Meditation has helped me to be more mindful, to get out of my head and into the present moment. Other things that have helped me are getting out in nature, yoga and minimalism. If you want to read more about how I incorporate these and other things in my life in order to be more present, you can read about them in previous posts.

I have found that, not only can people see US differently, but I think being more present can shift how we see and experience what’s around us.

Since the rain falls on the same trees in my yard each year, it must be me that’s changed.

I’ve noticed that I’m more able to fully experience people, places and things and for that I’m totally smitten with mindfulness!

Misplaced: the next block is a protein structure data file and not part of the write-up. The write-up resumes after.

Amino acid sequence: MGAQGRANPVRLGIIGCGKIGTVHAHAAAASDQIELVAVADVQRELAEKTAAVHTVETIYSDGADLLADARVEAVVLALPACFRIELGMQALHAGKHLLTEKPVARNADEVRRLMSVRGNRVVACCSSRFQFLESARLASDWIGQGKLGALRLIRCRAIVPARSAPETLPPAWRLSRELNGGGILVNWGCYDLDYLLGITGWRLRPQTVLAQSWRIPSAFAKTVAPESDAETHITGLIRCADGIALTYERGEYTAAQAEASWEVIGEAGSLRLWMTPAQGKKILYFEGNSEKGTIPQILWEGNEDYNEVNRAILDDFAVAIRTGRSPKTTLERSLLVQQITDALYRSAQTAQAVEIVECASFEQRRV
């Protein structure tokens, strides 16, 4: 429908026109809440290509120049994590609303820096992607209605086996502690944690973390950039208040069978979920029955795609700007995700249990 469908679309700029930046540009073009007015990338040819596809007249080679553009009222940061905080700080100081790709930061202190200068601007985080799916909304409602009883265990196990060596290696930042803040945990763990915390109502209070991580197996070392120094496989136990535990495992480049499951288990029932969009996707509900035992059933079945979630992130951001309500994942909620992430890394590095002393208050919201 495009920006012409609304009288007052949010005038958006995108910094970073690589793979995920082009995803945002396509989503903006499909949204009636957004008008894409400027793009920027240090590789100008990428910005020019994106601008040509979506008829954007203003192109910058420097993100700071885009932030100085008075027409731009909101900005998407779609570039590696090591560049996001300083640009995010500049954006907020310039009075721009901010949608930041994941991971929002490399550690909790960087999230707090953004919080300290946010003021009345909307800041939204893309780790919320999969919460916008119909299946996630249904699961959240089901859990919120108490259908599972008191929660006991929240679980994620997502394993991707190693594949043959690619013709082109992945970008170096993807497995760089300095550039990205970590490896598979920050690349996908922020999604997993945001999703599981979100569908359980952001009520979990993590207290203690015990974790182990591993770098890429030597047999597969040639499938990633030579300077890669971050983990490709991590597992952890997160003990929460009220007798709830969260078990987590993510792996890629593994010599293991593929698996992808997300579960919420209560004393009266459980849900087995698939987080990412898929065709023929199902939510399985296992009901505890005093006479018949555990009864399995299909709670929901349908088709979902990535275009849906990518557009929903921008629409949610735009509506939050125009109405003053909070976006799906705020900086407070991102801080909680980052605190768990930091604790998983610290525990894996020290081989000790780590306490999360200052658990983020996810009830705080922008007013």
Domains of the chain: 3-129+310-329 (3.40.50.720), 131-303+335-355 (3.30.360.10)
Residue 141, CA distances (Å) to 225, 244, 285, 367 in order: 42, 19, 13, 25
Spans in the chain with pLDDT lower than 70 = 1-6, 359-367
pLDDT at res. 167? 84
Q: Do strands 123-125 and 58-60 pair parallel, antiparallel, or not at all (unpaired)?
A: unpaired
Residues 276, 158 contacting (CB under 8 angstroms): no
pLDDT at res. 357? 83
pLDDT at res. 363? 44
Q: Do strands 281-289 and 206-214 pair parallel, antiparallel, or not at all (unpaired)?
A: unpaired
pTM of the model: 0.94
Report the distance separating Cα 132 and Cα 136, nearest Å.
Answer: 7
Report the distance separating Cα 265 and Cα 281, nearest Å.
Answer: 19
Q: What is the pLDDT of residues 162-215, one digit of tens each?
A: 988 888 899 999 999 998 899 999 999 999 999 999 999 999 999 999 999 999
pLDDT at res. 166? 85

Realty Check

realty check

Today was the first day of a week long break from work. Ahhh, finally some much-needed time off! Except I felt more like a snake in a can than someone about to have a relaxing, rejuvenating week. I’ve always done better with structure, so I can’t say that I was surprised.

I started to think of everything I wanted to accomplish, both short term and long range. I wanted to continue exercising and meditating, get some more minimizing done, get together with friends and family, catch up on work, my e-course and my writing, schedule the medical visits I’ve been putting off and plan for my next move and my next career!

I didn’t know where to begin and instead withdrew with one of my common default behaviors: I went back to bed. I was exhausted and overwhelmed. Sleeping had always been one of my coping mechanisms and I usually felt better after a nap. But, even after pulling my flannel sheets over my head to block out the daylight, I couldn’t fall asleep.